Not many software companies go through Chapter 11 bankruptcy protection and come out unscathed. Fewer still thrive and prosper if and when they do emerge: customers melt away and suppliers are reluctant to extend credit.
Not so Peregrine Systems. “I think the re-organisation can fairly be characterised as the most successful chapter 11 bankruptcy organisation in history,” says Peregrine’s newly installed CEO John Mutch.
That no doubt overplays the achievements of former CEO Gary Greenfield, who steered the company through administration, and it would certainly be strongly contested by SSA Global Technologies CEO Mike Greenough.
But Peregrine, whose existence was in doubt just a year ago, can now look forward to a brighter future, even if some of its former executives, responsible for an accounting fraud totalling $509 million, can only look forward to a period in the federal slammer.
Peregrine’s survival, says Mutch, can be attributed to the strong support of systems giant IBM, with whom the discredited former CEO Steve Gardner cut a partnership deal, just weeks before the accounting scandal broke.
“With IBM, the ‘risk mitigation assurance’ relationship enabled customers to feel confident that they could still buy Peregrine products,” says Mutch.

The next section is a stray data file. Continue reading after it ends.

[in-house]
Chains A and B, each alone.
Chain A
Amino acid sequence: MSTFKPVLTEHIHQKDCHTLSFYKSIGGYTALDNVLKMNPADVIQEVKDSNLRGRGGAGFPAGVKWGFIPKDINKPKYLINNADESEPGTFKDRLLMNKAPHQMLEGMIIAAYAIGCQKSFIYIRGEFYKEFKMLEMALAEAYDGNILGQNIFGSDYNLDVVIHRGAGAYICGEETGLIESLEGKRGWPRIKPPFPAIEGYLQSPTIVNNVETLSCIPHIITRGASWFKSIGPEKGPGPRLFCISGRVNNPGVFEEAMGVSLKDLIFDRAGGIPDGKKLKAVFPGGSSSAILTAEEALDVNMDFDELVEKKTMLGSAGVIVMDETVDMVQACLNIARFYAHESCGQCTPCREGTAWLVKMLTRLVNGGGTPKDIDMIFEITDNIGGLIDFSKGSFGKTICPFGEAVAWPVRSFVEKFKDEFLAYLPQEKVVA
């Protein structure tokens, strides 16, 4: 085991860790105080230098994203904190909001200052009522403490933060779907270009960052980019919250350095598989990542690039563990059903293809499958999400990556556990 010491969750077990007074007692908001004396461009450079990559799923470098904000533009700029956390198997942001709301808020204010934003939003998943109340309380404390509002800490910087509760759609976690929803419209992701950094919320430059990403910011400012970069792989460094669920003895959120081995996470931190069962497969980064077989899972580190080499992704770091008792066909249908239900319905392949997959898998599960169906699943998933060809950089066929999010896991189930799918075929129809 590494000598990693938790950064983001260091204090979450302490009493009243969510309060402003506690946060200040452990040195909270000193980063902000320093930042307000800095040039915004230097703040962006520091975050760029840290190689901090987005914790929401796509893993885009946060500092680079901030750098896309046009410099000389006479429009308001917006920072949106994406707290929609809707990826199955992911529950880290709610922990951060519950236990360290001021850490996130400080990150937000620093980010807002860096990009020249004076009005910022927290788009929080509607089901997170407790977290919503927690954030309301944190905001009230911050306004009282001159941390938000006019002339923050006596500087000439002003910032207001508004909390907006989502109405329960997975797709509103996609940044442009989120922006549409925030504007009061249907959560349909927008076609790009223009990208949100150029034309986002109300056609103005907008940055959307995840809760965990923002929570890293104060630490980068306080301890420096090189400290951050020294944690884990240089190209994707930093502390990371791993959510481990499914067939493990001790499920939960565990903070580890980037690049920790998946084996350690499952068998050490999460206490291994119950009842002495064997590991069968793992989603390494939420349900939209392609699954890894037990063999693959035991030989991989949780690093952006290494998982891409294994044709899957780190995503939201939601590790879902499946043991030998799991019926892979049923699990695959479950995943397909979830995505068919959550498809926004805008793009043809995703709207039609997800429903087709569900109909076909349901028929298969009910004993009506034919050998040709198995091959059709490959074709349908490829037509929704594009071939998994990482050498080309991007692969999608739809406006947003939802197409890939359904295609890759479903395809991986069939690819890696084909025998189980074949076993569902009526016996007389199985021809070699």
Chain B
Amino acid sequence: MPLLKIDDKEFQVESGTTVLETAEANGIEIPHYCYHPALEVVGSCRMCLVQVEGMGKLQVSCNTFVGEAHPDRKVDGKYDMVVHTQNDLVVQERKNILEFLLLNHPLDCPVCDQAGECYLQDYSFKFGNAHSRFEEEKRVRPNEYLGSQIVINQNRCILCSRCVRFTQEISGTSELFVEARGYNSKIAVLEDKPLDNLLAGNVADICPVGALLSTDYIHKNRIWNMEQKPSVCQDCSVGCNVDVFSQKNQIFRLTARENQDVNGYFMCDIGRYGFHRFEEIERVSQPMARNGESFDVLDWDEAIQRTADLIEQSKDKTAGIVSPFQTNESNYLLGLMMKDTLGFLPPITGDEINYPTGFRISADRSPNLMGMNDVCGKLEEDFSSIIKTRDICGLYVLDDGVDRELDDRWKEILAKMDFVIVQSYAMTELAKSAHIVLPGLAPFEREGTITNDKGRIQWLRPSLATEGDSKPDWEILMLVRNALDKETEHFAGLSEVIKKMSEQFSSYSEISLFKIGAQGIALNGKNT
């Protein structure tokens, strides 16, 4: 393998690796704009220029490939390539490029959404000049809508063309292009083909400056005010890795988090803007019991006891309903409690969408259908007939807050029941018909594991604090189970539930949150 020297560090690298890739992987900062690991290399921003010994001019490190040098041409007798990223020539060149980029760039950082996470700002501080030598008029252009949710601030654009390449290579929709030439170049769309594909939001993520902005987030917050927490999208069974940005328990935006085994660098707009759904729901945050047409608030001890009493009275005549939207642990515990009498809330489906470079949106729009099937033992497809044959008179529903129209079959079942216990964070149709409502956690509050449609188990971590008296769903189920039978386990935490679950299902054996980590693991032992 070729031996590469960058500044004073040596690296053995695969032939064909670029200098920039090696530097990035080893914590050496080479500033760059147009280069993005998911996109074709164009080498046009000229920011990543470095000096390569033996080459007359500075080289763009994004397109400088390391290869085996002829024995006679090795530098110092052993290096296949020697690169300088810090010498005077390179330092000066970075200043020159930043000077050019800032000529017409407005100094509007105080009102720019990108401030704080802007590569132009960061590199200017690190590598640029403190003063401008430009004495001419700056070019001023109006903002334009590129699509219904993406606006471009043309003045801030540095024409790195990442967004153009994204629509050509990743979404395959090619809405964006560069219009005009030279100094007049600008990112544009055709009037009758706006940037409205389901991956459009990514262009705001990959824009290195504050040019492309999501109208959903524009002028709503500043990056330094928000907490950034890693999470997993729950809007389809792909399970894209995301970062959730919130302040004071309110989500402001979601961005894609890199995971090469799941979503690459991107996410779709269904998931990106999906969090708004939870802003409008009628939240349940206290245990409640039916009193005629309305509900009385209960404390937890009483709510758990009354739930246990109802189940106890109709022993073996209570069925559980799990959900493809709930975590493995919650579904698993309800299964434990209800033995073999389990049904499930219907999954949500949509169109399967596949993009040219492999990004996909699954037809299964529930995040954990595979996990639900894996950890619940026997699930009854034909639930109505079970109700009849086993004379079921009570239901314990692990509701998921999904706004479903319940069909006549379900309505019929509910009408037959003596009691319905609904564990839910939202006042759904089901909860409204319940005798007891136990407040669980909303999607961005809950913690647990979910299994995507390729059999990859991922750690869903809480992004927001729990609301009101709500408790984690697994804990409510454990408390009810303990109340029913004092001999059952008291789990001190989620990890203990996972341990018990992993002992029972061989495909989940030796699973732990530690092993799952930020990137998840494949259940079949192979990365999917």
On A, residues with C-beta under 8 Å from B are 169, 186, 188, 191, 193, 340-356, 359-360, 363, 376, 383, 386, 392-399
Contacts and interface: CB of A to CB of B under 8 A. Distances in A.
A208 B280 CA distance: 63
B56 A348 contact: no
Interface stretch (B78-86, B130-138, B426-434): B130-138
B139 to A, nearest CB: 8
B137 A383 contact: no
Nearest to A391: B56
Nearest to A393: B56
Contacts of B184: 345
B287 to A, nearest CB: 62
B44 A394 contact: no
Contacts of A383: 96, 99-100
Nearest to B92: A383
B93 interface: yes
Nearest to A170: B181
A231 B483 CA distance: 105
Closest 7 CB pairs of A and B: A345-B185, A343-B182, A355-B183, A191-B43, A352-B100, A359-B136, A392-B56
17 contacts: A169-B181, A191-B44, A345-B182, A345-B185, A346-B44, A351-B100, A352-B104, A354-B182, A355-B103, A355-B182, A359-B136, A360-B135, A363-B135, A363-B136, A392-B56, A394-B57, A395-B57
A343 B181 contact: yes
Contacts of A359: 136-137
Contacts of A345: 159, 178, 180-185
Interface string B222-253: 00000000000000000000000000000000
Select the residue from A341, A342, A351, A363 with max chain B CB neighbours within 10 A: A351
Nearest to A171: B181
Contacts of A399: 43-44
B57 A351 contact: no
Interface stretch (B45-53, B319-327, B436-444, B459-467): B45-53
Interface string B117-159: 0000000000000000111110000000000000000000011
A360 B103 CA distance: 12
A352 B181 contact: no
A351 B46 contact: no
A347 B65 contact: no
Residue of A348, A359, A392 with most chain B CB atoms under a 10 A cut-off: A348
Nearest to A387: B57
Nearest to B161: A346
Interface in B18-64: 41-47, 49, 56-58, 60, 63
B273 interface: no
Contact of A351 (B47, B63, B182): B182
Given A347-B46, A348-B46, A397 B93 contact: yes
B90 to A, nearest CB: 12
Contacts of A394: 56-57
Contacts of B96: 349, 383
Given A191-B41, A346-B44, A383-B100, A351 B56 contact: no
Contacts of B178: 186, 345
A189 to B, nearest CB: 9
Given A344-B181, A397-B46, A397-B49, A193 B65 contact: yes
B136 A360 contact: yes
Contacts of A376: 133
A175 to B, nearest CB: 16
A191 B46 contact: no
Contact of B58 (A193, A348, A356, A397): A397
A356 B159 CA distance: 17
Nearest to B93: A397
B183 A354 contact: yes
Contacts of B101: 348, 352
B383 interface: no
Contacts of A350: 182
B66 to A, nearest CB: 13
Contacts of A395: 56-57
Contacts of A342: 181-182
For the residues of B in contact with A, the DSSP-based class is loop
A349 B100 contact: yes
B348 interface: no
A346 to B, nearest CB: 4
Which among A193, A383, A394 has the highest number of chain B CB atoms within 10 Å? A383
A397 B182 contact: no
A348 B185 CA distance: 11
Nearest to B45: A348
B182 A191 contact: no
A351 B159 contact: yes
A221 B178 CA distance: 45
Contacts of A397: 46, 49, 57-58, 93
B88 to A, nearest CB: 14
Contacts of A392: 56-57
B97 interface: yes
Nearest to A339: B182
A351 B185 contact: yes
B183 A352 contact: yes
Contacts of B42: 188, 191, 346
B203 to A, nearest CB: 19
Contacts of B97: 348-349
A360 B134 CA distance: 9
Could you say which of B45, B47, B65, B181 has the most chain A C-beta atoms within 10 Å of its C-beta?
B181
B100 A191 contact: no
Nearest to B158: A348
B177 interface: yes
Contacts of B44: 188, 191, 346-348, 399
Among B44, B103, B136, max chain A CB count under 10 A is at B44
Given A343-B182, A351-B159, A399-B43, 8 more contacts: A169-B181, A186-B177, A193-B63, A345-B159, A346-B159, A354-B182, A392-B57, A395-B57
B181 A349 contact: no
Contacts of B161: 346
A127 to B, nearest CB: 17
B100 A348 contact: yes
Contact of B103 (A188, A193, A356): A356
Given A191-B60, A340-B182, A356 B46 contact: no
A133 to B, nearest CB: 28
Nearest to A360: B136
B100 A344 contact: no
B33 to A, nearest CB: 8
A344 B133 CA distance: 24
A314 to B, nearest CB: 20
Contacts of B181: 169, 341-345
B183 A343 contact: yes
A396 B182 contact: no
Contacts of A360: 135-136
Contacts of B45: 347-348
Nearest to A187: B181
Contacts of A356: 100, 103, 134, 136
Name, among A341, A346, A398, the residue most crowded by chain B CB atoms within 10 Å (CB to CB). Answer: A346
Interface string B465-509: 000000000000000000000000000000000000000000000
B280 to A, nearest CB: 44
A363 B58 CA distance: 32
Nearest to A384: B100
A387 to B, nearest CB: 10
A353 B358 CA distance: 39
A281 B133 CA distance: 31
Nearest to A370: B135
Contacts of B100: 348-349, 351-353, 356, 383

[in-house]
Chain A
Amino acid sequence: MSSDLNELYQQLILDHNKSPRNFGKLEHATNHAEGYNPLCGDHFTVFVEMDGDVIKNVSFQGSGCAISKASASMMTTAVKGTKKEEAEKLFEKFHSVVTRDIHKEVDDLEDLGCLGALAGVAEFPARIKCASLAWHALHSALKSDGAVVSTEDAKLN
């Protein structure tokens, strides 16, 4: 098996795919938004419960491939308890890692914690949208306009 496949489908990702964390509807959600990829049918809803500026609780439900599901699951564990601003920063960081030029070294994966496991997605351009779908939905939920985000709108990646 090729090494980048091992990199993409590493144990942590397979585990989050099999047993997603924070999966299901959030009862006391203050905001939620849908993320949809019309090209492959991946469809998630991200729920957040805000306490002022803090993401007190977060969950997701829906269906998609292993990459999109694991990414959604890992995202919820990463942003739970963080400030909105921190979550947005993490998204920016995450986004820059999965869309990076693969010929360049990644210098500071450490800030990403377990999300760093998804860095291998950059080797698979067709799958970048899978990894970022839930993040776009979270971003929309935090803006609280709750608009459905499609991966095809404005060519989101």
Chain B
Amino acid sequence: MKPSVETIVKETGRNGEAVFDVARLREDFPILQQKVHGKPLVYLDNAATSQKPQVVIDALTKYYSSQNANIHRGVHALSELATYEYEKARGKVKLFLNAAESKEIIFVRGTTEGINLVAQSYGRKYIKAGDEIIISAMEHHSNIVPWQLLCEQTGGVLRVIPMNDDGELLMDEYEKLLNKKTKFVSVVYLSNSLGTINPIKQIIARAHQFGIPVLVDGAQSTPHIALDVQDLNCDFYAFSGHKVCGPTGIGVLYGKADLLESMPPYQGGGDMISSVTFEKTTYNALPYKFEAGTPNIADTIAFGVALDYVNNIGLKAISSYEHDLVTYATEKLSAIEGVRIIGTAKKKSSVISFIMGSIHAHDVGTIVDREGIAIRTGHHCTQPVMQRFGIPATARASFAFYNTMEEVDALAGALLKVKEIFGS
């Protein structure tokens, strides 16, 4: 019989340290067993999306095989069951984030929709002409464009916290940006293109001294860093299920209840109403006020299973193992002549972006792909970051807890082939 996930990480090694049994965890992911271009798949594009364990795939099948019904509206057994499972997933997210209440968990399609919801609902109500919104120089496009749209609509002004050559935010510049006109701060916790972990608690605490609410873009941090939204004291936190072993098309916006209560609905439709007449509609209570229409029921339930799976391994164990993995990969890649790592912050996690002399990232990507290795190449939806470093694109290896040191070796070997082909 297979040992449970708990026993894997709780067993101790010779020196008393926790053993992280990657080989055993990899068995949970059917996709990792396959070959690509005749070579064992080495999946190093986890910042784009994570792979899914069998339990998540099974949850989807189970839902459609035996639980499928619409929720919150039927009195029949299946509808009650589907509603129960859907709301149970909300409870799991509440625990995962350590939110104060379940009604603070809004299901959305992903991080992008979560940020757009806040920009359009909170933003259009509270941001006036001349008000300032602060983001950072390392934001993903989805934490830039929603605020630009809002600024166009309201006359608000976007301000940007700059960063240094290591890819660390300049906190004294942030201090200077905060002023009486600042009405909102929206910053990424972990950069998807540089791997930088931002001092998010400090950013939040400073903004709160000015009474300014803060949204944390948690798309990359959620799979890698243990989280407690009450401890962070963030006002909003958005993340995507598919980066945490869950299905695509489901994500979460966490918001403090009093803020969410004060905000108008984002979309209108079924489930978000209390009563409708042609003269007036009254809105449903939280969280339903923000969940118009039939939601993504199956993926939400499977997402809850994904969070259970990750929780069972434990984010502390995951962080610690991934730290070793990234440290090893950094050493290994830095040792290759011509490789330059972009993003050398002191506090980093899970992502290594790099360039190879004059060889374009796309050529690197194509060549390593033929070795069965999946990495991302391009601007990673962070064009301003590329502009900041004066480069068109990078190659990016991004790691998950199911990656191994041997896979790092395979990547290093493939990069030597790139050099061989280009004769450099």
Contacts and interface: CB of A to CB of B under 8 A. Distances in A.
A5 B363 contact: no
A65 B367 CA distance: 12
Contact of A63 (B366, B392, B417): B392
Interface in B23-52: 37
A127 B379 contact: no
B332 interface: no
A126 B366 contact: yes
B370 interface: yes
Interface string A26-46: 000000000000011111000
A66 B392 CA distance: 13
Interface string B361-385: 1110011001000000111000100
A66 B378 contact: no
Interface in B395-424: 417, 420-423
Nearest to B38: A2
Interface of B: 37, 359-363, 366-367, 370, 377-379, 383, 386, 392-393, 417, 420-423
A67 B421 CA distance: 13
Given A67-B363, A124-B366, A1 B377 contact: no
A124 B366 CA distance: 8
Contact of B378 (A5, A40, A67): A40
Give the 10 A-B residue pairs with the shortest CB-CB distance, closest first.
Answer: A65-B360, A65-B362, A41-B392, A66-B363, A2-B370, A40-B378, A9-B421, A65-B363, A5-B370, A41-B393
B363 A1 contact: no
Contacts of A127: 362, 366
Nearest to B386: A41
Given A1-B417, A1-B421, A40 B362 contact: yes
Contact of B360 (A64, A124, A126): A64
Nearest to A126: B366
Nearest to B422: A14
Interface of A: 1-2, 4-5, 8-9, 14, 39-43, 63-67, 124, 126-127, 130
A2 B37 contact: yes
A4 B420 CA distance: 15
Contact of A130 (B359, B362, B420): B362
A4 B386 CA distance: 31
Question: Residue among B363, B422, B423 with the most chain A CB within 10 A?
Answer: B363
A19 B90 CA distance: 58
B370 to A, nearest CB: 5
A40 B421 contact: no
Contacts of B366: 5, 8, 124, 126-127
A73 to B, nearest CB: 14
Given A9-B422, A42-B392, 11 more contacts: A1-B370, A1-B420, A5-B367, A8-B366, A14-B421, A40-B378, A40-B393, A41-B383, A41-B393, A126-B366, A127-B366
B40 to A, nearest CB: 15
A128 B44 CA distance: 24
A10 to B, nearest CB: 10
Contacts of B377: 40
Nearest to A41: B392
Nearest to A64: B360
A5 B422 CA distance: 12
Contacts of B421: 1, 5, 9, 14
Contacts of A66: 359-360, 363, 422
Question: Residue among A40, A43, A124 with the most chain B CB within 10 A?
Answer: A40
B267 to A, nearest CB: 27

That, combined with the difficulty of ripping out and replacing the company’s software, helped keep customers loyal – and ensured the rejection of an offer to sell the company to Hewlett-Packard.
Even so, Peregrine’s revenue run rate has dropped significantly.
In the year to the end of March 2003, the company achieved revenues of $212 million and, in the current fiscal year, this will drop to a forecast $165 million, with operating income of about $50 million, says Mutch.
However, staff numbers have also dropped to just 15% of their pre-administration numbers, from 4,000 to 620.
Perhaps Peregrine’s biggest challenge is also one of its own making. Mutch will have his hands full competing against with Remedy, the help-desk software vendor that Peregrine acquired for $1.1 billion in June 2001 and disgorged last year to BMC Software – for less than a third of that sum to provide working capital for Peregrine’s chapter 11 period.
Both companies compete in the emerging ‘service management’ space, which AMR Research analyst Dennis Gaughan believes is starting to hot up.
“The time they spent together means that they know each other better than most competitors can, which means the dirt will be flying. This is actually good for customers, who can now pit them against one another for optimal pricing and maintenance terms,” says Gaughan.